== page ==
Mis-match between chironomid movement to the surface and waterfowl reproduction

Photo by Mattias Ekvall
In a recent issue of ESA´s (Ecological Society of America) open access journal ECOSPHERE http://www.esajournals.org/doi/pdf/10.1890/ES14-00133.1
we report that the emergence and movement of chironomids from the sediment of lakes to the surface occurs earlier and in one strong boost in a future climate scenario. Historically the emergence rate of chironomids (Fjädermyggor; see photo) has occurred over a period of more than a month each spring and has thereby served as a food source for waterfowl chicks, which are completely dependent on this resource. We also show that the fundamental change in timing and maximum rate of emergence of chironomids will likely lead to that waterfowl will not be able to adjust their breeding season to match the future scenario of insect emergence, resulting in a mis-match in consumer-resource relations. Likely this will lead to a considerable reduction in waterfowl abundance and biodiversity in a future climate change scenario. /Lars-Anders Hansson et al.




tisdag 30 september 2014

2015 Aquatic Sciences Meeting in Granada 22-27 February 2015

If interested in phenology and evolutionary adaptations to seasonality, please consider the session we are organizing at the 2015 Aquatic Sciences Meeting in Granada 22-27 February 2015:


We invite you to submit an abstract. Deadline for abstract submission is 10 October.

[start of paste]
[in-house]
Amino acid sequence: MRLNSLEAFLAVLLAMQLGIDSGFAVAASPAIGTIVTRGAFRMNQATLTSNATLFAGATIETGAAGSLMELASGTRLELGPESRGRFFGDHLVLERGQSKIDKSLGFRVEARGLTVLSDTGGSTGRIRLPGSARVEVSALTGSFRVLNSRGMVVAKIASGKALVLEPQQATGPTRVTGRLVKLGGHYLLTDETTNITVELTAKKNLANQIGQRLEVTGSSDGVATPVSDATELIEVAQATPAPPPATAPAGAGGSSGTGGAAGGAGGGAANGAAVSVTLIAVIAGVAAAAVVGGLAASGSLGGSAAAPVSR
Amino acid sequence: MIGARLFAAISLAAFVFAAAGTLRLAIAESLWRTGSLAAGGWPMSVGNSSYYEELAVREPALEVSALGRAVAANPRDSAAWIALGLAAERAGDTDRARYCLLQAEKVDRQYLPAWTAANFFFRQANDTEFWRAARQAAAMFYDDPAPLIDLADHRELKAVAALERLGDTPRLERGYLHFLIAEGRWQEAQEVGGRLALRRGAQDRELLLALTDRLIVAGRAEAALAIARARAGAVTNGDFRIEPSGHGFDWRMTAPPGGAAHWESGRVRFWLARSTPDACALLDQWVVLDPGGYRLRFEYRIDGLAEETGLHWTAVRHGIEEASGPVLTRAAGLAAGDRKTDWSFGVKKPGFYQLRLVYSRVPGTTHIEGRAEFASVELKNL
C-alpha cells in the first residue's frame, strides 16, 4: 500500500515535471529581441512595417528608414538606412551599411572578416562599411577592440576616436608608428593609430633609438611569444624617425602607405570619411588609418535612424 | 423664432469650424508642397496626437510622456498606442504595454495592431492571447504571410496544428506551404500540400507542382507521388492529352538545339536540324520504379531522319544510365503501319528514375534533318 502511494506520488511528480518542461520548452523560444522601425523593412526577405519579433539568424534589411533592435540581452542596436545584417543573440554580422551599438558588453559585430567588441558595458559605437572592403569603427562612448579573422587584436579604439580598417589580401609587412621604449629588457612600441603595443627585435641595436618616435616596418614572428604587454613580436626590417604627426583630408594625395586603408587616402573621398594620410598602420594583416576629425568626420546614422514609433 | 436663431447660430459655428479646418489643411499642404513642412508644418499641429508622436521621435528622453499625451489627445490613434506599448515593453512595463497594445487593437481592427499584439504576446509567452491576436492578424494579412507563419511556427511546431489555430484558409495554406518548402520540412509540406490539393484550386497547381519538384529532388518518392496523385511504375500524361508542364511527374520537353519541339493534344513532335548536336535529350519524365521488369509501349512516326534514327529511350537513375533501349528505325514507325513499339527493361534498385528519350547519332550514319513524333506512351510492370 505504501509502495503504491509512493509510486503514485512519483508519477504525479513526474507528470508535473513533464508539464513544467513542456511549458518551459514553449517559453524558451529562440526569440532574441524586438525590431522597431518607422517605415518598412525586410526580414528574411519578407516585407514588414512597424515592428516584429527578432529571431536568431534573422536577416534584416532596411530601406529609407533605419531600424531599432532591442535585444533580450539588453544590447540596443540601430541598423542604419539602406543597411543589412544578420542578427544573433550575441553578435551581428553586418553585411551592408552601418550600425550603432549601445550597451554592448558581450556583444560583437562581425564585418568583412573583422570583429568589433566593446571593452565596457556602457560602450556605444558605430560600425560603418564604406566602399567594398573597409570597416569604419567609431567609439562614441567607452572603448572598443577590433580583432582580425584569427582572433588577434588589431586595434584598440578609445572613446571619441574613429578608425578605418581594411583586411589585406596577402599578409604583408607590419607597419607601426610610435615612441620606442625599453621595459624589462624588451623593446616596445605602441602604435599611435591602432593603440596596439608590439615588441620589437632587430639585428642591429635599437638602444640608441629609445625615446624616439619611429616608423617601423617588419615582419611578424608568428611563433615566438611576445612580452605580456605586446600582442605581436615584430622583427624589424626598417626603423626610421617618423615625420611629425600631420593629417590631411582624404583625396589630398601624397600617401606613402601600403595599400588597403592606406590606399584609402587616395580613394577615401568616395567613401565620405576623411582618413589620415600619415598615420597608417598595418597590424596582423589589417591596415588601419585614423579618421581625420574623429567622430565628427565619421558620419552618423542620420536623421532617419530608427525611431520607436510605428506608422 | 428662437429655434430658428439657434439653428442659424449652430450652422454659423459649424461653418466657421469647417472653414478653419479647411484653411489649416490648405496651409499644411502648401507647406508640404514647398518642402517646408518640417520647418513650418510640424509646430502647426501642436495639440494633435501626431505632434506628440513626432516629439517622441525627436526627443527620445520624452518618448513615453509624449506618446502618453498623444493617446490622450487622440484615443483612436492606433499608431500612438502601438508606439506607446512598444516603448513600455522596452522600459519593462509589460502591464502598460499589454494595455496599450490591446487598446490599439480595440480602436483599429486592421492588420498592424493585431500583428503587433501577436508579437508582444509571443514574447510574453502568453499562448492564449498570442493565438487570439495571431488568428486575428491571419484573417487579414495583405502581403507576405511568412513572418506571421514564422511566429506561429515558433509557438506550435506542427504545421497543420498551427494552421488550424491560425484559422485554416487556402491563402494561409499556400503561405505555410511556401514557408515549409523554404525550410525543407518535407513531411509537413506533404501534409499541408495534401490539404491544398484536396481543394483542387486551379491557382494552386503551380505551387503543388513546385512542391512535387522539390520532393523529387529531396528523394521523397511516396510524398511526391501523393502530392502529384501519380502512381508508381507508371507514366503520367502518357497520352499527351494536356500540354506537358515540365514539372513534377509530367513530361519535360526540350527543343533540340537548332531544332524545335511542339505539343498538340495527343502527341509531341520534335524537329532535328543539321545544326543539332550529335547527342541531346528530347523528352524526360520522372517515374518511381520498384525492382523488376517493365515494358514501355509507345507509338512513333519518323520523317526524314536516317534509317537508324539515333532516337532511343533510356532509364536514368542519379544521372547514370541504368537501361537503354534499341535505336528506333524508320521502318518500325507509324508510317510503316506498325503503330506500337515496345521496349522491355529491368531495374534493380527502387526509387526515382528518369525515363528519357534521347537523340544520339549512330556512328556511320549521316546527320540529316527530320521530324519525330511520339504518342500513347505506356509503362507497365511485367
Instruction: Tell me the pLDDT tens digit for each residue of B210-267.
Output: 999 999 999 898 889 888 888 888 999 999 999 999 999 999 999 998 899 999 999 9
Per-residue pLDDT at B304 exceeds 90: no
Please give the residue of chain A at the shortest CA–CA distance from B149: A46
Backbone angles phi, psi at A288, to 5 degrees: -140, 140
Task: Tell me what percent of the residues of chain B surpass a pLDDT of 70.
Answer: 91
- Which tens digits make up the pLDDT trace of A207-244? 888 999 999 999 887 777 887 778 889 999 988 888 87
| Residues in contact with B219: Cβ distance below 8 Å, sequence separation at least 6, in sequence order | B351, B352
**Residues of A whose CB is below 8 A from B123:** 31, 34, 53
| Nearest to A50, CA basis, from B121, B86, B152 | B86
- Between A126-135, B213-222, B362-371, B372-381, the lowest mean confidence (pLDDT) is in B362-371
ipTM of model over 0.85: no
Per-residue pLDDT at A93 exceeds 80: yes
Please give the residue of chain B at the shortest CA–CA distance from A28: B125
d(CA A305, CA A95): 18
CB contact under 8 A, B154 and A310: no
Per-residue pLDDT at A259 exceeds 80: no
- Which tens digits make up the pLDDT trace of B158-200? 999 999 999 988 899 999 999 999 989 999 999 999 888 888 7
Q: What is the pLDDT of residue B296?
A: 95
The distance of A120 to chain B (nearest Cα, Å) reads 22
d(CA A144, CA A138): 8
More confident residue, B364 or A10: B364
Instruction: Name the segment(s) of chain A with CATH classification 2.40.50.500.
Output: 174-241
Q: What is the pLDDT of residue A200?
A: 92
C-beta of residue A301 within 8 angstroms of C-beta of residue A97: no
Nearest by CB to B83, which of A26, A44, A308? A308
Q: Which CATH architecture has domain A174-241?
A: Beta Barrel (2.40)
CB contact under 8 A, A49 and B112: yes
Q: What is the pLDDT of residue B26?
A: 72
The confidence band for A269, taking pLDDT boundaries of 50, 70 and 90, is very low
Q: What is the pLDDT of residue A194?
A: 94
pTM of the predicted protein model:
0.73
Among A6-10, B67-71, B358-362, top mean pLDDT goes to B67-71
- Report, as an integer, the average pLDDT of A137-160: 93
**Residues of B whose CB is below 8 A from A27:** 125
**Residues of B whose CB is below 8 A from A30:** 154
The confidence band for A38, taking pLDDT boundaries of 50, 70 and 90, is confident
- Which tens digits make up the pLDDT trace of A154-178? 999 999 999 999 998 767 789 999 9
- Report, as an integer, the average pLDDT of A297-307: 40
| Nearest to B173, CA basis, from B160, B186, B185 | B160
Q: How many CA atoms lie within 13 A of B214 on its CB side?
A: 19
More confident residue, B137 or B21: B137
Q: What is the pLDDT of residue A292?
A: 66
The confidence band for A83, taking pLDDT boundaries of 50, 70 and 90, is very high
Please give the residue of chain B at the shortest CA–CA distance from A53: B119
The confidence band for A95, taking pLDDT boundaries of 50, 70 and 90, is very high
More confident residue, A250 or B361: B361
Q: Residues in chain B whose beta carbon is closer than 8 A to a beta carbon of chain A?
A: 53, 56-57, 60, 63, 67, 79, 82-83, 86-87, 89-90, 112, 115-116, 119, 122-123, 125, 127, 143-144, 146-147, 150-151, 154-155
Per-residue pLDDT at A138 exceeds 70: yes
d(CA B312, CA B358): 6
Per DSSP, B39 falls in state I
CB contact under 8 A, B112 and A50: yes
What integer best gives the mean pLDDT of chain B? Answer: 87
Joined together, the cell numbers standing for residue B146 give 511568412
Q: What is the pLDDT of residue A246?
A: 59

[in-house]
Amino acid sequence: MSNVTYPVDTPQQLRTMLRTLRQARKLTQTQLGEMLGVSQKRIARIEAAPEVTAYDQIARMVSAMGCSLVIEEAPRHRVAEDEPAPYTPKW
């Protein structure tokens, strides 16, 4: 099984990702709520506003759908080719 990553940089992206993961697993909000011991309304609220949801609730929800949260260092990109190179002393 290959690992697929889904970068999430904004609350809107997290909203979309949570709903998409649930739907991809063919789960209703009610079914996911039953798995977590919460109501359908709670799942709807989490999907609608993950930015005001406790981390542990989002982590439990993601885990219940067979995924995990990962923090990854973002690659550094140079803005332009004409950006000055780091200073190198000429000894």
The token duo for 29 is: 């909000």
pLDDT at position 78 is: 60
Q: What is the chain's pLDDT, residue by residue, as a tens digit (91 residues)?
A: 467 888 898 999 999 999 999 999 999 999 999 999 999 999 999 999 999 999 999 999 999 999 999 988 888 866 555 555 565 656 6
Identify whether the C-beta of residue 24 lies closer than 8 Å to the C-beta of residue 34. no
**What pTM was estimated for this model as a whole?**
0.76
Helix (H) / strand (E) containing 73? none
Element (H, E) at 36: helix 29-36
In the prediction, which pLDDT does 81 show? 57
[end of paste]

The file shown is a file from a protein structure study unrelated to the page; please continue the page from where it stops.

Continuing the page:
torsdag 25 september 2014

CAnMove research on Naturmorgon

If you're an early bird, don't miss this Saturday's "Naturmorgon" about insect tracking with laser radar.

06.10 on radio P1!

måndag 22 september 2014

Book release party & pizza night!

Last Thursday, almost 40 CAnMovians showed up to celebrate the release of the book "Movement across scales" - a joint effort by several CAnMove researchers and one of the programme milestones. Thanks to everybody who contributed, and especially to Lasse who has done a terrific job editing the book!
There was plenty of pizza to go around, and it was nice that so many stayed for drinks and chatting!

Apart from celebrating, people were also asked to give some input to the future challanges of the programme. This autumn one of the important tasks for the board will be to set the direction for CAnMoves' next coming years - taking the feedback from the half-time evaluation as well as your input into account. All ideas and comments from this evening were collected and will be handed over to the board for further discussions!



tisdag 9 september 2014

New CAnMove Board

I wish to thank the CAnMove members who now step back form serving CAnMove in the board, Staffan Bensch, Lars-Anders Hansson and Dennis Hasselquist. Thanks for your most valuable and appreciated contributions to the CAnMove program and for supportive years with CAnMove activities.

As new members in I wish to welcome Christer Brönmark and Bengt Hansson, both PIs in CAnMove and with research interests in partial migration in fish and population dynamics and in landscape genetics, inbreeding and dispersal among other topics.